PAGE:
36

Multiple sources for JS performance tips encourage developers to reduce "scope chain lookup". For example, IIFEs are touted as having a bonus benefit of "reducing scope chain lookup" when you access global variables. This sounds quite logical, perhaps even taken for granted, so I didn't question the wisdom. Like many others, I have been happily using IIFEs thinking that on top of avoiding global namespace pollution, there's gonna be a performance boost over any global code.

What we expect today:

(function($, window, undefined) {
    // apparently, variable access here is faster than outside the IIFE
})(jQuery, window);

Simplifying / extending this to a generalized case, one would expect:

var x = 0;
(function(window) {
    // accessing window.x here should be faster
})(window);

Based on my understanding of JS, there is no difference between x = 1; and window.x = 1; in the global scope. Therefore, it is logical to expect them to be equally performant, right? WRONG. I ran some tests and discovered that there's a significant difference in access times.

Ok, maybe if I place the window.x = 1; inside an IIFE, it should run even faster (even if just slightly), right? WRONG again.

Ok, maybe it's Firefox; let's try Chrome instead (V8 is the benchmark for JS speed, yea?) It should beat Firefox for simple stuff like accessing a global variable directly, right? WRONG yet again.

So I set out to find out exactly which method of access is fastest, in each of the two browsers. So let's say we start with one line of code: var x = 0;. After x has been declared (and happily attached to window), which of these methods of access would be fastest, and why?

  1. Directly in global scope

    x = x + 1;
    
  2. Directly in global scope, but prefixed with window

    window.x = window.x + 1;
    
  3. Inside a function, unqualified

    function accessUnqualified() {
        x = x + 1;
    }
    
  4. Inside a function, with window prefix

    function accessWindowPrefix() {
        window.x = window.x + 1;
    }
    
  5. Inside a function, cache window as variable, prefixed access (simulate local param of an IIFE).

    function accessCacheWindow() {
        var global = window;
        global.x = global.x + 1;
    }
    
  6. Inside an IIFE (window as param), prefixed access.

     (function(global){
         global.x = global.x + 1;
     })(window);
    
  7. Inside an IIFE (window as param), unqualified access.

     (function(global){
         x = x + 1;
     })(window);
    

Please assume browser context, i.e. window is the global variable.

I wrote a quick time test to loop the increment operation a million times, and was surprised by the results. What I found:

                             Firefox          Chrome
                             -------          ------
1. Direct access             848ms            1757ms
2. Direct window.x           2352ms           2377ms
3. in function, x            338ms            3ms
4. in function, window.x     1752ms           835ms
5. simulate IIFE global.x    786ms            10ms
6. IIFE, global.x            791ms            11ms
7. IIFE, x                   331ms            655ms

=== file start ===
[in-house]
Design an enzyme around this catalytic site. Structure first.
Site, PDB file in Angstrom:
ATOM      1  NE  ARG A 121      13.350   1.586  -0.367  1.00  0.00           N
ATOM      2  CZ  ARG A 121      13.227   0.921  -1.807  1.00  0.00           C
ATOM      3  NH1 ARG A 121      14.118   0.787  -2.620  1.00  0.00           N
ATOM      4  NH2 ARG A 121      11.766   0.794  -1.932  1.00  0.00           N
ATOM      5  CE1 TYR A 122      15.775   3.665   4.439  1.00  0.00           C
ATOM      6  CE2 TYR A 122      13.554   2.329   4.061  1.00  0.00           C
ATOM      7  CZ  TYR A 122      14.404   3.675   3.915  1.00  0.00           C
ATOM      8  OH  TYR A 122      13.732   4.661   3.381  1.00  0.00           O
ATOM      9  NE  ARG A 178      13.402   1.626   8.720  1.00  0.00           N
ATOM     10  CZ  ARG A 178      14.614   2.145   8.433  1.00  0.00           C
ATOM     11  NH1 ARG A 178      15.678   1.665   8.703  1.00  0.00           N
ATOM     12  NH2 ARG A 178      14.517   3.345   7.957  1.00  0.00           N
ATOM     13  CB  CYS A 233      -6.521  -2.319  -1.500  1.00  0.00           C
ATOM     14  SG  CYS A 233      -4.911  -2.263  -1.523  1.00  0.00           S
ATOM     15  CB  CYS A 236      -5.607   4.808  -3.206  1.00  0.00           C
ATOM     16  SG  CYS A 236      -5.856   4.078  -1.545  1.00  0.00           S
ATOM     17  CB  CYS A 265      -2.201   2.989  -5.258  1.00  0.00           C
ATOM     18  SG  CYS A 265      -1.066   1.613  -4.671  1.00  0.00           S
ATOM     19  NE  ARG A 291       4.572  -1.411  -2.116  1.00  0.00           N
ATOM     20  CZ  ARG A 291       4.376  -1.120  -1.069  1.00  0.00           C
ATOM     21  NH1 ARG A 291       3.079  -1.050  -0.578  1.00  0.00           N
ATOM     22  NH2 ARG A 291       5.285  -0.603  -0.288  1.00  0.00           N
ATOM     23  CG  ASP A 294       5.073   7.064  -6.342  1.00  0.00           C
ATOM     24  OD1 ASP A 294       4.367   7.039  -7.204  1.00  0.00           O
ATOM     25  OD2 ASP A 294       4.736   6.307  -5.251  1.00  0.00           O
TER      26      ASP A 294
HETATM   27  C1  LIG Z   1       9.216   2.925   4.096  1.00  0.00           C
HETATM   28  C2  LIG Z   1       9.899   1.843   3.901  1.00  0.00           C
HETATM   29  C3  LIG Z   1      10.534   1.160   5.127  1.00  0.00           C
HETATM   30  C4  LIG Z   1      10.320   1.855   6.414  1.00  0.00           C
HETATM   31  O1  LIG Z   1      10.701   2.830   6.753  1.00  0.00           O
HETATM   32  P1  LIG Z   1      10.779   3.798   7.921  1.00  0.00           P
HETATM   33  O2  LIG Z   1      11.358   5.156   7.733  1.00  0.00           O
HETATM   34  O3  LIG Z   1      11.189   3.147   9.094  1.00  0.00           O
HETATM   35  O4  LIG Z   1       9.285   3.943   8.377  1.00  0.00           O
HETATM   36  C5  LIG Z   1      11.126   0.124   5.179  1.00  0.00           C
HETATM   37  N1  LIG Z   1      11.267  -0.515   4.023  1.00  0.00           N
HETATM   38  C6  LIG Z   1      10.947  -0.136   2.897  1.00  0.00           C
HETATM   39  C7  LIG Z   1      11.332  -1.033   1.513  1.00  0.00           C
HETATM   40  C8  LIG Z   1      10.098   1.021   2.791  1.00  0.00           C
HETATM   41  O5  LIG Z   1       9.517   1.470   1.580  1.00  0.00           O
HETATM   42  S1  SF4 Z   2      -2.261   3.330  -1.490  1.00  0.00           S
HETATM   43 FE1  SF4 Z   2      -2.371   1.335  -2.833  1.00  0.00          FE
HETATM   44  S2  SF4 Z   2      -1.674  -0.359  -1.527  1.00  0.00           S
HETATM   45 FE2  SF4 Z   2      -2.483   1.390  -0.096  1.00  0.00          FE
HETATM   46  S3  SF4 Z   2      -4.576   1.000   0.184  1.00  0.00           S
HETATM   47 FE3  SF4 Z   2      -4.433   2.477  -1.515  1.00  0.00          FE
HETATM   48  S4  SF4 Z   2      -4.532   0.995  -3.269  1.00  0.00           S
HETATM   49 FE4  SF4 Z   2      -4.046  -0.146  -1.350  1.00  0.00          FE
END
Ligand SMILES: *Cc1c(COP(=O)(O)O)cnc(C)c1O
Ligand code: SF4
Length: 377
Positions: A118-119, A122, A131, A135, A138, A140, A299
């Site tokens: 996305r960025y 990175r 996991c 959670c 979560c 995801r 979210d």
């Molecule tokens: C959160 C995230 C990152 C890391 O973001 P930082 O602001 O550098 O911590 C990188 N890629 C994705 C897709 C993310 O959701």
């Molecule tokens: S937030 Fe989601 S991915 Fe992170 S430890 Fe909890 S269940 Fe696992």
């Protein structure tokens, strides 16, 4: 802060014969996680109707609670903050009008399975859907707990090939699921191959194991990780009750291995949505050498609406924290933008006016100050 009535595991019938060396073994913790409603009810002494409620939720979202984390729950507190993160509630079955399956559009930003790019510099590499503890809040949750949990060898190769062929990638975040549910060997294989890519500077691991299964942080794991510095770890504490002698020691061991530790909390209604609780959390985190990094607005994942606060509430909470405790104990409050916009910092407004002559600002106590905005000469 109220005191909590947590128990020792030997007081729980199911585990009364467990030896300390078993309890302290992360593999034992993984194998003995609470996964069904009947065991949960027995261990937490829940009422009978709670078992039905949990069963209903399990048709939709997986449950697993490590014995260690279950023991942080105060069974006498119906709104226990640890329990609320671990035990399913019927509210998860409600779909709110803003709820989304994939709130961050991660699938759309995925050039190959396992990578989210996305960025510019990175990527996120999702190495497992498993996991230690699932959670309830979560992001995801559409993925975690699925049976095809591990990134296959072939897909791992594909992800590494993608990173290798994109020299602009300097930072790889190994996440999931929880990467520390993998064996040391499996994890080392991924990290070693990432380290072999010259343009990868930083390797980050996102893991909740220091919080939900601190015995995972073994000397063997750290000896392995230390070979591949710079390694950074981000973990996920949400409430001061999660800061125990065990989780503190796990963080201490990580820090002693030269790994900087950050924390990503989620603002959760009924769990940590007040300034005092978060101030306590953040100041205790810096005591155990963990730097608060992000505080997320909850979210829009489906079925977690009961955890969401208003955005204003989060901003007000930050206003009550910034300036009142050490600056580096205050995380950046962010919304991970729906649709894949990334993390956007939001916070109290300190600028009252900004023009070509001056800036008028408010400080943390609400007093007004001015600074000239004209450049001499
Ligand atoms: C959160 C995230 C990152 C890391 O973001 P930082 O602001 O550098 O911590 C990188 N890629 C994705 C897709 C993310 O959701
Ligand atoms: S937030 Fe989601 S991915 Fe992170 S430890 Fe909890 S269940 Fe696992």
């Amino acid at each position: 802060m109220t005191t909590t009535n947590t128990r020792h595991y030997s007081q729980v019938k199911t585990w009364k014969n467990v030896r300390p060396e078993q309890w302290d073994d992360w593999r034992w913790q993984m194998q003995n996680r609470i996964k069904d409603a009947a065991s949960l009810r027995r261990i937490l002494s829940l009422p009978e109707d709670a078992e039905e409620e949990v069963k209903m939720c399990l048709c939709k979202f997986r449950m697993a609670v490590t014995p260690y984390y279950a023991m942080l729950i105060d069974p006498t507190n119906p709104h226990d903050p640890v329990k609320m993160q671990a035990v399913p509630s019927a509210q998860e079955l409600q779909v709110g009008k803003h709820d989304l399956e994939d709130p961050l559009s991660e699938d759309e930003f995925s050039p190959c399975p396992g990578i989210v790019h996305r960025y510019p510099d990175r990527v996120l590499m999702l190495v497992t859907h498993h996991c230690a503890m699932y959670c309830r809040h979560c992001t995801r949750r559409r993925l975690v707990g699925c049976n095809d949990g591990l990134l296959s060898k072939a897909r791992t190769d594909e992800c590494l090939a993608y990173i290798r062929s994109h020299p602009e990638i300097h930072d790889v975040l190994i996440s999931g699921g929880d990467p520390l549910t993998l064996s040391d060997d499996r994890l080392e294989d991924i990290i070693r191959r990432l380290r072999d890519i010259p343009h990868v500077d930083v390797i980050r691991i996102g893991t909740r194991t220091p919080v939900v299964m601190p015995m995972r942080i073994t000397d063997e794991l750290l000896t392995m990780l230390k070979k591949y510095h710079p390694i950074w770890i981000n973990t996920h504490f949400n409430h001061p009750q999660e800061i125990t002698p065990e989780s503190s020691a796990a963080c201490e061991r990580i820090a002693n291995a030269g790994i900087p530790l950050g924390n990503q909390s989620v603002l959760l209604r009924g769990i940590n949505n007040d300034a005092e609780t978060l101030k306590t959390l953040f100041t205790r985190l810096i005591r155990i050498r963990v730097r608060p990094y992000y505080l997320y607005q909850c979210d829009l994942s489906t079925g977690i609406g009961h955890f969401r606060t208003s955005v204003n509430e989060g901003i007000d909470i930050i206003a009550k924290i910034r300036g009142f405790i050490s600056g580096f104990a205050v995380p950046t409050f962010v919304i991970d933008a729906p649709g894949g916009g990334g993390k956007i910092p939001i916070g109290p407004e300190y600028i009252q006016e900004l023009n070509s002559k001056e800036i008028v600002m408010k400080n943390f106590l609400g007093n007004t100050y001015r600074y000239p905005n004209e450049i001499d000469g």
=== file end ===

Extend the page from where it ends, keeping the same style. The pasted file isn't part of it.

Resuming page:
I repeated the test a few times, and the numbers appear to be indicative. But they are confusing to me, as they seem to suggest:

  • prefixing with window is much slower (#2 vs #1, #4 vs #3). But WHY?
  • accessing a global in a function (supposedly extra scope lookup) is faster (#3 vs #1). WHY??
  • Why are the #5,#6,#7 results so different across the two browsers?

I understand there are some who think such tests are pointless for performance tuning, and that may well be true. But please, for the sake of knowledge, just humor me and help improve my understanding of these simple concepts like variable access and scope chain.

If you have read this far, thank you for your patience. Apologies for the long post, and for possibly lumping multiple questions into one - I think they are all somewhat related.


Edit: Sharing my benchmark code, as requested.

var x, startTime, endTime, time;

// Test #1: x
x = 0;
startTime = Date.now();
for (var i=0; i<1000000; i++) {
   x = x + 1;
}
endTime = Date.now();
time = endTime - startTime;
console.log('access x directly    - Completed in ' + time + 'ms');

// Test #2: window.x
x = 0;
startTime = Date.now();
for (var i=0; i<1000000; i++) {
  window.x = window.x + 1;
}
endTime = Date.now();
time = endTime - startTime;
console.log('access window.x     - Completed in ' + time + 'ms');

// Test #3: inside function, x
x =0;
startTime = Date.now();
accessUnqualified();
endTime = Date.now();
time = endTime - startTime;
console.log('accessUnqualified() - Completed in ' + time + 'ms');

// Test #4: inside function, window.x
x =0;
startTime = Date.now();
accessWindowPrefix();
endTime = Date.now();
time = endTime - startTime;
console.log('accessWindowPrefix()- Completed in ' + time + 'ms');

// Test #5: function cache window (simulte IIFE), global.x
x =0;
startTime = Date.now();
accessCacheWindow();
endTime = Date.now();
time = endTime - startTime;
console.log('accessCacheWindow() - Completed in ' + time + 'ms');

// Test #6: IIFE, window.x
x = 0;
startTime = Date.now();
(function(window){
  for (var i=0; i<1000000; i++) {
    window.x = window.x+1;
  }
})(window);
endTime = Date.now();
time = endTime - startTime;
console.log('access IIFE window  - Completed in ' + time + 'ms');

// Test #7: IIFE x